How Divorce Affects Your Social Security
From legal fees to your living situation, splitting up with your spouse presents the need to reevaluate all aspects of your finances. Your retirement is no exception. Whether you’ve planned to stop working in the next few months or your retirement plans are decades away, it’s important to understand how divorce can impact all aspects of your retirement—especially social security benefits.
Even if you don’t currently receive social security benefits, it’s still worth taking the time to consider your social security before making a final decision to file for divorce.
While this is in part because the length of your marriage determines your right to receive social security based on your ex-spouse’s work history, it’s also important to consider your situation holistically. The more you understand how your monthly benefit could be affected, the more equipped you’ll be to navigate your finances strategically post-divorce.
How social security benefits are affected by divorce
Many divorcing couples are surprised to learn that the decision to award spousal benefits doesn’t rest in the court’s hands—it belongs to the Social Security Administration (SSA). In fact, social security benefits aren’t considered marital property or subject to equitable distribution.
Federal law states that social security benefits are not “assignable, transferable, or subject to the legal process” and that they aren’t subject to “execution, levy, attachment, garnishment, or other legal process or to operation of law.”
In other words, New Jersey’s family court system isn’t authorized to transfer one person’s social security benefits to another person as part of a divorce settlement.
However, it may still be possible to receive benefits based on your ex-spouse’s work record. The final decision simply rests in the hands of the SSA, rather than the court.
Understanding divorce and social security
The divorce process involves many important decisions, and it’s easy to feel like you have to make a choice about some things today—but deciding what to do about social security isn’t one of them. Until you or your spouse reaches the age of retirement, there’s no need to file any paperwork.
That said, consulting with a trusted financial advisor and a skilled family law attorney is an important step to take before making any final decisions about your divorce or retirement.
Can you claim benefits on your ex-spouse’s work record?
Have you earned significantly less money than your ex-spouse over the course of your lifetime?
If you took time off of work to care for children or elderly adults, for example, your ex-spouse’s monthly benefit could be substantially higher than yours. However, you may be entitled to receive a monthly benefit based on your ex-spouse’s work history, even if they have since remarried.
To qualify for benefits based on your ex-spouse’s record, the following conditions must apply:
- The marriage was 10 years or longer
- Your ex-spouse is aged 62 or older
- Your ex-spouse is entitled to social security benefits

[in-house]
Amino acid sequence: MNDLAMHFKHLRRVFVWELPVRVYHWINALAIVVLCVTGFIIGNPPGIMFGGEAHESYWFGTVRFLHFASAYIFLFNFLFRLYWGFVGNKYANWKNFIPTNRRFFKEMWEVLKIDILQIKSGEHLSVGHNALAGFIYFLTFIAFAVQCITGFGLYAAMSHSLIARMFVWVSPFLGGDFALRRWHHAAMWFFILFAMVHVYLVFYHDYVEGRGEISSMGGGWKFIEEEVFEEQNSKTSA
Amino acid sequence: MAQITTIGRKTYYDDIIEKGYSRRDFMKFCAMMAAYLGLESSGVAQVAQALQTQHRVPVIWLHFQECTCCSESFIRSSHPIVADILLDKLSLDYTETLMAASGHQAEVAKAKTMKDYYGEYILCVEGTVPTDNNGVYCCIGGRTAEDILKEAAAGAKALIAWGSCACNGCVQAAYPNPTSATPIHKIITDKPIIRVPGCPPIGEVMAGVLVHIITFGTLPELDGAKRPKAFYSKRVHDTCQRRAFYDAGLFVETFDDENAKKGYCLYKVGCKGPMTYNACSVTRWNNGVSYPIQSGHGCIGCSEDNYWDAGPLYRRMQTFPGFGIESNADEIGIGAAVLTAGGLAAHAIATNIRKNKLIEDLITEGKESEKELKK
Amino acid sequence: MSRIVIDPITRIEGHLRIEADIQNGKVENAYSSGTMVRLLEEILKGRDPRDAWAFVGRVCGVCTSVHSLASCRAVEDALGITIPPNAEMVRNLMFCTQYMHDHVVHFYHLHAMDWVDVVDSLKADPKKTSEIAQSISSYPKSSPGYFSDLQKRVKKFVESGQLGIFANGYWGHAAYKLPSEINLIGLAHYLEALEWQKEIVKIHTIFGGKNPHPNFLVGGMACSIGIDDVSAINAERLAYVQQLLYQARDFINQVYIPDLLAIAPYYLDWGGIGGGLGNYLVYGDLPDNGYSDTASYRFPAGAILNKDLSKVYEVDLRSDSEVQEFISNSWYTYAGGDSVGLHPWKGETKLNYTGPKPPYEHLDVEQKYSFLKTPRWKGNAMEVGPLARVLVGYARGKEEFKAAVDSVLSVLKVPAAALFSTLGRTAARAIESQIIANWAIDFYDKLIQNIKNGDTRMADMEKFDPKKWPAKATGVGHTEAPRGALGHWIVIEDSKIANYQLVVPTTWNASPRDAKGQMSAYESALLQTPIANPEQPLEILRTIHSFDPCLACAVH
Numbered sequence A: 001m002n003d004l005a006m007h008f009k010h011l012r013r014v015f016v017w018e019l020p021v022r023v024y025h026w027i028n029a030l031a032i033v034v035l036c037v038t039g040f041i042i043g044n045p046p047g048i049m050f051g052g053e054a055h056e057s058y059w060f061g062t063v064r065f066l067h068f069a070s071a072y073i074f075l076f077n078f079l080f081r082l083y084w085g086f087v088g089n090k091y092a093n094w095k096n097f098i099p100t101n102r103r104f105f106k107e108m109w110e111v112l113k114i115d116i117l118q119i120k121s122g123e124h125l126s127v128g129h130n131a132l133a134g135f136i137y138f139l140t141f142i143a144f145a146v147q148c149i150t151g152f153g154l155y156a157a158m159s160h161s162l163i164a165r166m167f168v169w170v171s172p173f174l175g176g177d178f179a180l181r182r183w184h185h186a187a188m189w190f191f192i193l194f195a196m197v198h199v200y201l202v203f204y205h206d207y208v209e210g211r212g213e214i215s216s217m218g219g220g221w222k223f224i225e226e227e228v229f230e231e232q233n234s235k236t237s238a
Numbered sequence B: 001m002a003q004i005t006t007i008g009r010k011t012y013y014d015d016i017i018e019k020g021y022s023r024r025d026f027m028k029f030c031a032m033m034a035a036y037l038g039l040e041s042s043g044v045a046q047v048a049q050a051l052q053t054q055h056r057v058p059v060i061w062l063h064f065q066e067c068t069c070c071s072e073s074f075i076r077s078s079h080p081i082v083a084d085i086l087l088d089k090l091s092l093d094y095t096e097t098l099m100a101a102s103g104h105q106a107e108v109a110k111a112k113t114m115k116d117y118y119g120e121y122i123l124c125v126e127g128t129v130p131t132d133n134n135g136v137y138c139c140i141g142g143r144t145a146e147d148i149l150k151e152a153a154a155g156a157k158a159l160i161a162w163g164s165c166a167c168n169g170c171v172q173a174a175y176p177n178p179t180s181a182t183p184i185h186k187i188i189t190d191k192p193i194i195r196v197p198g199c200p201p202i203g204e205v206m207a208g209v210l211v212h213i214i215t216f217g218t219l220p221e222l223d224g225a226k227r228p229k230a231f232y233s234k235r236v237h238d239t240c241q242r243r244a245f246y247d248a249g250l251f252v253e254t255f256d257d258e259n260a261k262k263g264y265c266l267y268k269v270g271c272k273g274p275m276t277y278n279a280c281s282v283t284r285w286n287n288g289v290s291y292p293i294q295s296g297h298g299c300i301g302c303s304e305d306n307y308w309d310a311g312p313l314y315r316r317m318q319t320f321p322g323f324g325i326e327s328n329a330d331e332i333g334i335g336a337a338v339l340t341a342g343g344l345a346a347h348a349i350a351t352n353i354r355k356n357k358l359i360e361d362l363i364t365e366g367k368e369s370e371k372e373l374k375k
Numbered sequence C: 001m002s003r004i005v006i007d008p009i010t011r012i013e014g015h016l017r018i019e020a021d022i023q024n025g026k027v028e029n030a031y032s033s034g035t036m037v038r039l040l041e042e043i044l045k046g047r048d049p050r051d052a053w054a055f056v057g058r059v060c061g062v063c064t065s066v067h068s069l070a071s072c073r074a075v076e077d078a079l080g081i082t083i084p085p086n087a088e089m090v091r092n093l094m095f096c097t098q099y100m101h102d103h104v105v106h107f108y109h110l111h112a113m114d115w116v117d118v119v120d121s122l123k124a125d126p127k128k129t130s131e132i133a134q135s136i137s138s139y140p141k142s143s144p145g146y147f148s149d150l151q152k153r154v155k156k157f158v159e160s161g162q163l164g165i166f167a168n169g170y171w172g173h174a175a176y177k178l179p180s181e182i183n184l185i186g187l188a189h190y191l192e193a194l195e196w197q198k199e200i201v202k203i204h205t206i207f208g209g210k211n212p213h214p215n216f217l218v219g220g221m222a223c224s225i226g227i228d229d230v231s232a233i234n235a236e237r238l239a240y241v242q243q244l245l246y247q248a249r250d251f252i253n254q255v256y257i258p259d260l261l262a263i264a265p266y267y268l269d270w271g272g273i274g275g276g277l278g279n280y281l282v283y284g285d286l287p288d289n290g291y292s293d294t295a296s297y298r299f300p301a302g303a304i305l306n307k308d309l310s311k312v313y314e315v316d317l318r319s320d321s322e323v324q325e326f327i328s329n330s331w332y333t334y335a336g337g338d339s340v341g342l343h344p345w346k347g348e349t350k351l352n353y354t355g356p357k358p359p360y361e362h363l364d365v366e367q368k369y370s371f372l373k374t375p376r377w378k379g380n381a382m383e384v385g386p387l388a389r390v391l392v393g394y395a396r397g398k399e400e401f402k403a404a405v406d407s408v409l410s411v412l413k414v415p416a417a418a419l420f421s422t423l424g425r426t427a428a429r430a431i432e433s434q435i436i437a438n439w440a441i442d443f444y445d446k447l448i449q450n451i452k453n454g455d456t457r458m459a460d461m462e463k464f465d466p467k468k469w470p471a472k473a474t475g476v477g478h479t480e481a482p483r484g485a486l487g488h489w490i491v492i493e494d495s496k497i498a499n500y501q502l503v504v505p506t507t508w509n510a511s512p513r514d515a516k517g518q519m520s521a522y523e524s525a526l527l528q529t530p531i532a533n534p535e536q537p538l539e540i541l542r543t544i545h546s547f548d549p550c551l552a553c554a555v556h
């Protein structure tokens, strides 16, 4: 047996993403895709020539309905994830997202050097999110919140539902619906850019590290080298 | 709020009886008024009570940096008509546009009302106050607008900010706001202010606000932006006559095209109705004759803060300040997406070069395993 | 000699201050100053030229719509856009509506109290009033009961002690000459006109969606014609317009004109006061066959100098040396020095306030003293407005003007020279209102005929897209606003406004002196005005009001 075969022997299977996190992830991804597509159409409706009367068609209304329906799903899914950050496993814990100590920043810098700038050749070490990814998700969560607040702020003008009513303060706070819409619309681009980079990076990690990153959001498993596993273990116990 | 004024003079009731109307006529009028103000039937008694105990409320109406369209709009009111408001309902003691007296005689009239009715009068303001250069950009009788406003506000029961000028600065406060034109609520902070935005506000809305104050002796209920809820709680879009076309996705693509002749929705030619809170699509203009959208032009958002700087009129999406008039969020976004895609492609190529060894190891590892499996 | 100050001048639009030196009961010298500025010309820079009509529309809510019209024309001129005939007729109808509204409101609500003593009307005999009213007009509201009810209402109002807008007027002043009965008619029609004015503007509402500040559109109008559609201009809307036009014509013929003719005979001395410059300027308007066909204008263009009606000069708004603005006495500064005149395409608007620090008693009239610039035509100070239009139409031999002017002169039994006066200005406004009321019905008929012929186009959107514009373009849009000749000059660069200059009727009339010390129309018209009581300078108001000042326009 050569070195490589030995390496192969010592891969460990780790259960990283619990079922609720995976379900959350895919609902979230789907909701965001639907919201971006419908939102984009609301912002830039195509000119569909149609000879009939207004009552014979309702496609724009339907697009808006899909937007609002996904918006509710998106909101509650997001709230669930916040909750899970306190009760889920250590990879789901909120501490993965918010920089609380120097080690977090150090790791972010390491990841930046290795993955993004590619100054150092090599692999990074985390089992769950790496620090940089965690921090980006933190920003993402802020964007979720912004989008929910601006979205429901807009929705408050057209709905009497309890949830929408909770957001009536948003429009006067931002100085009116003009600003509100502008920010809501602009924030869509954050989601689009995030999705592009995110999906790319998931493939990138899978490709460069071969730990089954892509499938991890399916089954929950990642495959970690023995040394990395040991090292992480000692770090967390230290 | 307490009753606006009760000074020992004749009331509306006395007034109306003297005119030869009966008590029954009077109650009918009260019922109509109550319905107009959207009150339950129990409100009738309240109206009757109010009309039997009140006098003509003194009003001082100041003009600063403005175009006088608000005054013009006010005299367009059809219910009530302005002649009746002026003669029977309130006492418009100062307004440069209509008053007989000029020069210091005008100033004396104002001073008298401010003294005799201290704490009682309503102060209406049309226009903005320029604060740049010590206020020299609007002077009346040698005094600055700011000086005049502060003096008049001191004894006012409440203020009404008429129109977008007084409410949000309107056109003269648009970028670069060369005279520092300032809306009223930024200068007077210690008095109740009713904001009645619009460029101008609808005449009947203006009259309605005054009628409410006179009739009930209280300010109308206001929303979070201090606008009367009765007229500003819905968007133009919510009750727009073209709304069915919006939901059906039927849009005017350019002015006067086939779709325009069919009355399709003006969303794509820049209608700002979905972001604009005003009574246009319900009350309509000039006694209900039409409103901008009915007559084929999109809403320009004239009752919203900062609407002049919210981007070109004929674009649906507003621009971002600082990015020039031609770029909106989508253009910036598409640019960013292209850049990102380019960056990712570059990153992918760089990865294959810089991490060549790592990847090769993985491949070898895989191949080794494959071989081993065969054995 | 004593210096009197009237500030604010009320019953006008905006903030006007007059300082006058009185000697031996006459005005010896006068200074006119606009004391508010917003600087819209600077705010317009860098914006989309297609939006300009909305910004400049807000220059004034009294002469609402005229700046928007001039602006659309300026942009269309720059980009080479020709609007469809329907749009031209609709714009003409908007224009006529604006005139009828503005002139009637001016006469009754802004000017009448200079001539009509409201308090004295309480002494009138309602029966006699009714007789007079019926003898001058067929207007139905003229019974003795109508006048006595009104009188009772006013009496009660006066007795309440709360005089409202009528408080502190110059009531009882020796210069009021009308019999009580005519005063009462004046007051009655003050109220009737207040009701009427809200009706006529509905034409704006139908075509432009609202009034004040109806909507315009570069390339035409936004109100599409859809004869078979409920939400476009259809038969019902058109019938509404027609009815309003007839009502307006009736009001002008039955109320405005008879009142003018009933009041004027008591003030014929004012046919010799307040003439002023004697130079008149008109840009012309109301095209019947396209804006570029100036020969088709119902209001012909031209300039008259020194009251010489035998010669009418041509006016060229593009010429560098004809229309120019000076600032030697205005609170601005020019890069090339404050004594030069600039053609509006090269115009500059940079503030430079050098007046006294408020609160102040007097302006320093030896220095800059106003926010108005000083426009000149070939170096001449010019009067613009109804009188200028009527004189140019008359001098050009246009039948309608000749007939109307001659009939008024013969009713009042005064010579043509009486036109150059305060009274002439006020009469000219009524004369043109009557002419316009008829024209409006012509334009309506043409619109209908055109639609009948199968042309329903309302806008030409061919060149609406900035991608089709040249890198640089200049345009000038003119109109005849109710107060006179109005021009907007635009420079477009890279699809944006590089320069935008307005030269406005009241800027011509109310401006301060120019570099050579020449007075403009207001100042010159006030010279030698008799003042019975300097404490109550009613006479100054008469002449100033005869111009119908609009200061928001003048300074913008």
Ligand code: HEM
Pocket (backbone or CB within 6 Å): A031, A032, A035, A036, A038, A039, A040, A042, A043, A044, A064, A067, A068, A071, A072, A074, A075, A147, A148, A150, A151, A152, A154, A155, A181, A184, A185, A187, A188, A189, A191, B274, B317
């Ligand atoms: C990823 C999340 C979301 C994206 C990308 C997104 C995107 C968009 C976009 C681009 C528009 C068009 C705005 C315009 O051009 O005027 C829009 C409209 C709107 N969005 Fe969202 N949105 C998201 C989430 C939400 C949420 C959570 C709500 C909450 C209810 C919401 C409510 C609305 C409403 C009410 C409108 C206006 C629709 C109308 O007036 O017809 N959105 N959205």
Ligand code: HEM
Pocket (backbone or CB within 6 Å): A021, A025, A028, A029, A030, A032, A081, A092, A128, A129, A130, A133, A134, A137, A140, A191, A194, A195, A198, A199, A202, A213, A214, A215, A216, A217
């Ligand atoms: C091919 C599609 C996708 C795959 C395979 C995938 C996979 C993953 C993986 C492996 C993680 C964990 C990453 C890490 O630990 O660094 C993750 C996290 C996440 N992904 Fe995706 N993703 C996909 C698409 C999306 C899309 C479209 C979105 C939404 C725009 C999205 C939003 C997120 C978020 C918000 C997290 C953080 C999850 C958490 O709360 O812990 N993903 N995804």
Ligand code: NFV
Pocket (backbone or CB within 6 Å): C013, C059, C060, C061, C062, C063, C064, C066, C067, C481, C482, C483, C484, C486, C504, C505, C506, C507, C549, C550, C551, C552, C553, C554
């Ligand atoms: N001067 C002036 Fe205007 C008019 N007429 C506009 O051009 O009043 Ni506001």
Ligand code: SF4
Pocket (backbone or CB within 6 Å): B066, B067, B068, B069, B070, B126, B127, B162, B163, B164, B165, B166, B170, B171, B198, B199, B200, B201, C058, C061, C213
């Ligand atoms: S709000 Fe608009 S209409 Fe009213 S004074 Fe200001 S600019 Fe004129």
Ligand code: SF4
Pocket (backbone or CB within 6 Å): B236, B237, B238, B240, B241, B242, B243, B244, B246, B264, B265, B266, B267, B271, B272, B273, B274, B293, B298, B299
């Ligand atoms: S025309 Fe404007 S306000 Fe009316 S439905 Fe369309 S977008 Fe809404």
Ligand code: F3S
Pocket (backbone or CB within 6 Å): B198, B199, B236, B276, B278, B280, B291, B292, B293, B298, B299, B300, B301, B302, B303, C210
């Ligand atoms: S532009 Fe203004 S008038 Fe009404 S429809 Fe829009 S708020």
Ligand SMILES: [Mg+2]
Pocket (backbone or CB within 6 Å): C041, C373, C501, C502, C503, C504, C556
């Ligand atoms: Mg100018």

- You’re also entitled to social security retirement or disability benefits
- Your ex-spouse’s monthly benefit is higher than the monthly benefit you would receive based on your own work history
Because social security is an opt-in program, you will only receive the benefits you’re entitled to receive if you apply for them.
What if my ex-spouse hasn’t applied for social security?
If your ex-spouse hasn’t applied yet, you could still receive benefits as long as you’ve been divorced for at least two years.
Will my ex-spouse know if I collect benefits?
The SSA won’t notify your ex-spouse if you’re claiming benefits based on their work history. Your ex-spouse’s monthly benefit won’t be reduced, either.
Several additional factors affect social security benefit distribution for divorced couples:
- If you were born before Jan 2, 1954, special circumstances could apply. You may be able to claim your ex-spouse’s benefit, as well as your own.
- If you’ve been married more than once, you can only collect benefits from one person’s work record.
Survivor’s benefits after a divorce
If you already receive benefits and your ex-spouse passes away, the SSA will automatically switch your benefits to survivor’s benefits upon receiving proof of your ex-spouse’s death.
If you were not receiving benefits when your ex-spouse died, you can still apply for them as long as:
- Your marriage lasted 10 years or longer
- You didn’t remarry prior to age 60 (or age 50, if you have a disability).
Note that there may be some exceptions to these limits if you and your ex-spouse share a child who is disabled or under the age of 16.
Social security and divorce later in life
Regardless of whether you’re divorcing, discussions about money can become complicated when retirement is looming. Fortunately, the topic of social security can be resolved amicably, because there are no major decisions to make about it at the time of separation.
Even if your spouse collects benefits on your work record in the future, your own benefits—and the benefits your new spouse may be entitled to—won’t be affected.
Both retirement planning and divorce can be confusing, with many nuances to consider. Our compassionate and capable team is here to provide clarity and help you plan for your financial future after divorce.
Contact us now to schedule your free consultation.